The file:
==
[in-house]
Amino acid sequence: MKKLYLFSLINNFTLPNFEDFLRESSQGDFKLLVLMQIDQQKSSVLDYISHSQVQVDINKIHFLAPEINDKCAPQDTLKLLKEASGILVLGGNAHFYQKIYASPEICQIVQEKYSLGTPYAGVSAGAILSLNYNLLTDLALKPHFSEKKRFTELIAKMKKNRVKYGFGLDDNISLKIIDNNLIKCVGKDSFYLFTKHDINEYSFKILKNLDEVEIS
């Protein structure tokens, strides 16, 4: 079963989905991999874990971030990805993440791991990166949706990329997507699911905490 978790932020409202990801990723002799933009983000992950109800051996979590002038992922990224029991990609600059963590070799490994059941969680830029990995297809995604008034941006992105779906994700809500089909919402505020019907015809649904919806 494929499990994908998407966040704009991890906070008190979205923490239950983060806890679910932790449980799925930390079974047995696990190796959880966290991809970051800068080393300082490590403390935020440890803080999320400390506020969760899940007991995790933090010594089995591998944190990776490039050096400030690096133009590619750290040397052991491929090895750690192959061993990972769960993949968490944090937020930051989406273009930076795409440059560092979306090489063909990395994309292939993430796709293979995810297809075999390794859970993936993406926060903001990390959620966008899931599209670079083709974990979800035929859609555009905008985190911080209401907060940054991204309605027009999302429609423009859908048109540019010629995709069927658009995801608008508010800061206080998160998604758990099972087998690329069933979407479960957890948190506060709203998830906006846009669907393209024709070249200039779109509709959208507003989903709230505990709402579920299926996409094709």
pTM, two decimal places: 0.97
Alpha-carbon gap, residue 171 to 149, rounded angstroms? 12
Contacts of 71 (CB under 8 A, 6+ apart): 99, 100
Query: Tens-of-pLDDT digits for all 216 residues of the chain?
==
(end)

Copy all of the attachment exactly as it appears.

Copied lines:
[in-house]
Amino acid sequence: MKKLYLFSLINNFTLPNFEDFLRESSQGDFKLLVLMQIDQQKSSVLDYISHSQVQVDINKIHFLAPEINDKCAPQDTLKLLKEASGILVLGGNAHFYQKIYASPEICQIVQEKYSLGTPYAGVSAGAILSLNYNLLTDLALKPHFSEKKRFTELIAKMKKNRVKYGFGLDDNISLKIIDNNLIKCVGKDSFYLFTKHDINEYSFKILKNLDEVEIS
């Protein structure tokens, strides 16, 4: 079963989905991999874990971030990805993440791991990166949706990329997507699911905490 978790932020409202990801990723002799933009983000992950109800051996979590002038992922990224029991990609600059963590070799490994059941969680830029990995297809995604008034941006992105779906994700809500089909919402505020019907015809649904919806 494929499990994908998407966040704009991890906070008190979205923490239950983060806890679910932790449980799925930390079974047995696990190796959880966290991809970051800068080393300082490590403390935020440890803080999320400390506020969760899940007991995790933090010594089995591998944190990776490039050096400030690096133009590619750290040397052991491929090895750690192959061993990972769960993949968490944090937020930051989406273009930076795409440059560092979306090489063909990395994309292939993430796709293979995810297809075999390794859970993936993406926060903001990390959620966008899931599209670079083709974990979800035929859609555009905008985190911080209401907060940054991204309605027009999302429609423009859908048109540019010629995709069927658009995801608008508010800061206080998160998604758990099972087998690329069933979407479960957890948190506060709203998830906006846009669907393209024709070249200039779109509709959208507003989903709230505990709402579920299926996409094709």
pTM, two decimal places: 0.97
Alpha-carbon gap, residue 171 to 149, rounded angstroms? 12
Contacts of 71 (CB under 8 A, 6+ apart): 99, 100
Query: Tens-of-pLDDT digits for all 216 residues of the chain?